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New public private partnerships

Article - July 20, 2011
A longstanding lack of funds has hindered crucial investment in the Philippines, holding back economic development. Now the government believes it has found a way around the problem
The government plans to engage in public private partnerships (PPPs) as a means of funding the public works and public services projects needed to boost the economy.

“We cannot rely on public funds alone to spur the country’s growth,” says President Aquino. “We need additional investments from our partners in the private sector. As so many others before us have found, and as many others after us must discover for themselves, working together works.”

The country needs to modernize its roads, bridges, airports, transportation and communications systems for the efficient movement of goods and people, as well as to build the competitiveness of the tourism industry. The Philippines must also invest in other critical infrastructure, such as water supply projects and more efficient irrigation systems to increase farm productivity. The President says PPPs will provide thousands of jobs, growth in the economy and long-term mutually beneficial partnerships with large corporations.

Grants totaling $8.5 million are being provided by the Manila-based Asian Development Bank (ADB) and the Australian government to get the PPP program underway, with the Philippine government providing a further $8 million. A newly established PPP Center, attached to the National Economic and Development Authority (NEDA), the country’s independent economic development and planning agency, will provide technical assistance and help facilitate the development of proposals, ensuring that the approval process will be completed within just six months.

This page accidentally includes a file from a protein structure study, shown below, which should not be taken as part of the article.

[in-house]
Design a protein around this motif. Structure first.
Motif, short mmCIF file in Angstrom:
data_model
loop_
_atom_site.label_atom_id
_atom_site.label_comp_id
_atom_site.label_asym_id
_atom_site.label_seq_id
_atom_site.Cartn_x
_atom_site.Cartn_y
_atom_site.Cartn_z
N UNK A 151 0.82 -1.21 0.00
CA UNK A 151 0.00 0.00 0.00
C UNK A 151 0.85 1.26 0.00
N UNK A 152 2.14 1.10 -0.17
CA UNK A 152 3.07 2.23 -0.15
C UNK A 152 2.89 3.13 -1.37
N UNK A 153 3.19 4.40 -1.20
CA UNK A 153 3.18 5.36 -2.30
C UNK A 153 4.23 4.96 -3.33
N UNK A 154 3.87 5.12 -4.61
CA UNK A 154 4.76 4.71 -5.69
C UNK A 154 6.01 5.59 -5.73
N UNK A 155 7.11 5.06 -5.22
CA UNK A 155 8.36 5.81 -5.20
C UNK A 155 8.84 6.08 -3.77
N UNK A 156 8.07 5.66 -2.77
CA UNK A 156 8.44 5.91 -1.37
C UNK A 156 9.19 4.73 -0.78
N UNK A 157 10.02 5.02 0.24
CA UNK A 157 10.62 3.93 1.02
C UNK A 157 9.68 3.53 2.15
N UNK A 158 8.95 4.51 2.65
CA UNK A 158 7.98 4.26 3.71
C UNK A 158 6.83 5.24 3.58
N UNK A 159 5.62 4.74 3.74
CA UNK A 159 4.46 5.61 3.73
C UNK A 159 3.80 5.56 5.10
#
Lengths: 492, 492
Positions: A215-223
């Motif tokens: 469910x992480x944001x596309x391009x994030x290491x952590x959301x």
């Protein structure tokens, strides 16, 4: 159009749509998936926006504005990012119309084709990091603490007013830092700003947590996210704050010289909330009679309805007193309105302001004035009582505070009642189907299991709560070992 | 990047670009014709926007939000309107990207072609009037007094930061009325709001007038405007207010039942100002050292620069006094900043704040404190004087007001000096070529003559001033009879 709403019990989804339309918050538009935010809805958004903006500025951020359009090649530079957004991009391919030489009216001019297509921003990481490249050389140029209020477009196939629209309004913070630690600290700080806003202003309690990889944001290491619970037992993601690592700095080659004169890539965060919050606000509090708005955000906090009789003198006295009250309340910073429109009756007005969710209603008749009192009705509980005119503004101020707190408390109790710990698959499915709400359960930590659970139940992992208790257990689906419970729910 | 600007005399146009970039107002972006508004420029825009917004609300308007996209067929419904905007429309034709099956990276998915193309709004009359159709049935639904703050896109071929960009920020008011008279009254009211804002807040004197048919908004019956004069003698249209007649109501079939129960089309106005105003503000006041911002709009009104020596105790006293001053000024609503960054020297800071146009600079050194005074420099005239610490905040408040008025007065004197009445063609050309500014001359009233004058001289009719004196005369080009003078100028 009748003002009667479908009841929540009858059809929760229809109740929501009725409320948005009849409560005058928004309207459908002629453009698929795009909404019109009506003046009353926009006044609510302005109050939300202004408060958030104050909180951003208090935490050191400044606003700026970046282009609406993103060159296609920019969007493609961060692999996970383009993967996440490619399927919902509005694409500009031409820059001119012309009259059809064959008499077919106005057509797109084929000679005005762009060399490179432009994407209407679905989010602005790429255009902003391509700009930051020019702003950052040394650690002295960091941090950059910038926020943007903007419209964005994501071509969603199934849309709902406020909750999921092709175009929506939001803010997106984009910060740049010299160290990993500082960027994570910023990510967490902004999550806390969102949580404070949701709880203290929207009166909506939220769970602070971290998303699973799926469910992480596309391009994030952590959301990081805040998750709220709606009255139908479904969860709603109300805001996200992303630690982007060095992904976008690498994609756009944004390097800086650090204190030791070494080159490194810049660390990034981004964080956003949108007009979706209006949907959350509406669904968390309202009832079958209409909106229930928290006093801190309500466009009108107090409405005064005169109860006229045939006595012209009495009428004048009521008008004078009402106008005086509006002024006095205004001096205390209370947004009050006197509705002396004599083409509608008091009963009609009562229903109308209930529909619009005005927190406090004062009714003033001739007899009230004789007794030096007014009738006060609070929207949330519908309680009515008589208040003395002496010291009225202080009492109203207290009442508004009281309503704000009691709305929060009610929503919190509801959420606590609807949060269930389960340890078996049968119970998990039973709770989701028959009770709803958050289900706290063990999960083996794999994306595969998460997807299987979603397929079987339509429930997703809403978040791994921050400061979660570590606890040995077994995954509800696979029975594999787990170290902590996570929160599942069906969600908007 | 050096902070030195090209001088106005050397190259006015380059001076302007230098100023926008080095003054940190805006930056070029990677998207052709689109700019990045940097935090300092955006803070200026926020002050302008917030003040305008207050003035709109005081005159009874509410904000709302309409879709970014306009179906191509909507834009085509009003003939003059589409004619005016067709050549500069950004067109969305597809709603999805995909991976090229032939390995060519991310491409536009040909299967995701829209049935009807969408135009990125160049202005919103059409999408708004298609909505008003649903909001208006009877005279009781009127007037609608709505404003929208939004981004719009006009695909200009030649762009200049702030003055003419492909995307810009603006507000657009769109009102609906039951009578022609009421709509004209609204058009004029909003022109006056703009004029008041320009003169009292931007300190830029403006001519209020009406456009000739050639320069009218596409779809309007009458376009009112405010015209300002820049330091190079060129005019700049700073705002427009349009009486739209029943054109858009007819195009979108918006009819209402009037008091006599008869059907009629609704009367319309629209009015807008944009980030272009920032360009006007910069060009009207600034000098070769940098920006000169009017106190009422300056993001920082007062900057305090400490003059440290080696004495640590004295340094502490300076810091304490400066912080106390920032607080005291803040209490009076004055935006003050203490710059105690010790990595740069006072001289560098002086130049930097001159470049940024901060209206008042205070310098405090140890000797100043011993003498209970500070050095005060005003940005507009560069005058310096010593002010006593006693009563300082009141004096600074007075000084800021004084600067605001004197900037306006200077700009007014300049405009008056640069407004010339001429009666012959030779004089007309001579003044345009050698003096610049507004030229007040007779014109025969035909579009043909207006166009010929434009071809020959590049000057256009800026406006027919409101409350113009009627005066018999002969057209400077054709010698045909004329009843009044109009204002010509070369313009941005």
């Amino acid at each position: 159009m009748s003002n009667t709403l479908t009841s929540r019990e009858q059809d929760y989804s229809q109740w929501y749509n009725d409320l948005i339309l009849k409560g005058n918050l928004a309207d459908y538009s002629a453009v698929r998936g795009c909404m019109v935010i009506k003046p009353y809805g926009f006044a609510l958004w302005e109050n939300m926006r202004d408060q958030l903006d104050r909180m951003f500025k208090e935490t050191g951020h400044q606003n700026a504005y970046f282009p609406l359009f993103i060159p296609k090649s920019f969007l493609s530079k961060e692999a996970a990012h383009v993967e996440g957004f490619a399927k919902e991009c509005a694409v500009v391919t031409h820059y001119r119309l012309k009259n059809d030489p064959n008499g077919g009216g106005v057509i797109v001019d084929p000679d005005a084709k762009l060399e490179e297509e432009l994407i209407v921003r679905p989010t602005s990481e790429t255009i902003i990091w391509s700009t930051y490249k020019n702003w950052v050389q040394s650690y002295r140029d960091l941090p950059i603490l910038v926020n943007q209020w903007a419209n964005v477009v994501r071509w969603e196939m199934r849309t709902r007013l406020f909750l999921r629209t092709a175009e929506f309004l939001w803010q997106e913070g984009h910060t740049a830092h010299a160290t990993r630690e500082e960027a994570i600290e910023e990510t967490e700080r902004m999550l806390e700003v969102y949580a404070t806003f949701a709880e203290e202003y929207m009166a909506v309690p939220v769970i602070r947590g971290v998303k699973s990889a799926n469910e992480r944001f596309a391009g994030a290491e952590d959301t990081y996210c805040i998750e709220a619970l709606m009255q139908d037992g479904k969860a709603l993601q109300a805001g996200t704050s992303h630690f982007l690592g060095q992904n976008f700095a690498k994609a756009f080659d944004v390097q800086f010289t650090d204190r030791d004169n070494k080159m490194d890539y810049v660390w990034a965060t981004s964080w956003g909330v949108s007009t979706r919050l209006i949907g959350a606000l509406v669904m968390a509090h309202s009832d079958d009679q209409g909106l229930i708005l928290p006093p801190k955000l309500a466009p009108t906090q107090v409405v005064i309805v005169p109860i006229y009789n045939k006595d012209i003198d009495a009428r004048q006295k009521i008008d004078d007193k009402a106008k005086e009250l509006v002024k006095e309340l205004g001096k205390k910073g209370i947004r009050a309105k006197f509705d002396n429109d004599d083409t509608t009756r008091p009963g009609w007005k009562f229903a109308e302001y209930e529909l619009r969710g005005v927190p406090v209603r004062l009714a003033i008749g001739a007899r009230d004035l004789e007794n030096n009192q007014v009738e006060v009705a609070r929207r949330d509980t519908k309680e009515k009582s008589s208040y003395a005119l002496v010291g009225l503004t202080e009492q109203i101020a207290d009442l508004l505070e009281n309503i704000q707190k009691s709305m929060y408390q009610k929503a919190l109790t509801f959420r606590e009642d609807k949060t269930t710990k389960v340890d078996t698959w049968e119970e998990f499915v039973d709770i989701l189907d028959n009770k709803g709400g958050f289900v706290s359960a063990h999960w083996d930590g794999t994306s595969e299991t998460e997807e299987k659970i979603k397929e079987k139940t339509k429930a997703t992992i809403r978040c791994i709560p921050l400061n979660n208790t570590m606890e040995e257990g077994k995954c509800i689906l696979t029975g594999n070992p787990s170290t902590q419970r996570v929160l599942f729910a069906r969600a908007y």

Cayetano Paderanga, director general of NEDA, says, “PPPs are one way we can leverage public resources with private financing as well as expertise. One of the reasons why we want private sector participation is because of management expertise and efficiency in terms of project implementation as well as maintenance.”

He appeals to potential investors to come and look at the Philippines. “We have several approaches, including the solicited proposals approach. We prefer these, but we will still welcome unsolicited proposals. We are looking at joint ventures as a variation to the BOT (build-operate-transfer) process. There are several ways where people can get involved when it comes to infrastructure and other kinds of investments.”

The first batch of PPP projects was lined up for bidding in March, with an estimated private investment of more than $1 billion. Most of the projects come under the aegis of the Department of Transportation and Communications and the Department of Public Works and Highways.

Rogelio Singson, Secretary of Public Works and Highways, says, “We need to make the Philippines more globally competitive, and the lack of infrastructure in the country is holding us back. There are a lot of opportunities for the private sector to develop more infrastructure, whether it is roads, airports, seaports, or telecommunications. Energy and water utilities are also in demand.”

The national highways network is substandard and poorly maintained, and the focus is on upgrading the national roads to international standards.

“We are way behind Malay-sia, Thailand and Indonesia in terms of road infrastructure and international standards,” says Mr. Singson. “We are looking at long stretches of toll roads and expressways being pushed towards the private sector, long-term road maintenance contracts and at passing on bridge construction and maintenance.”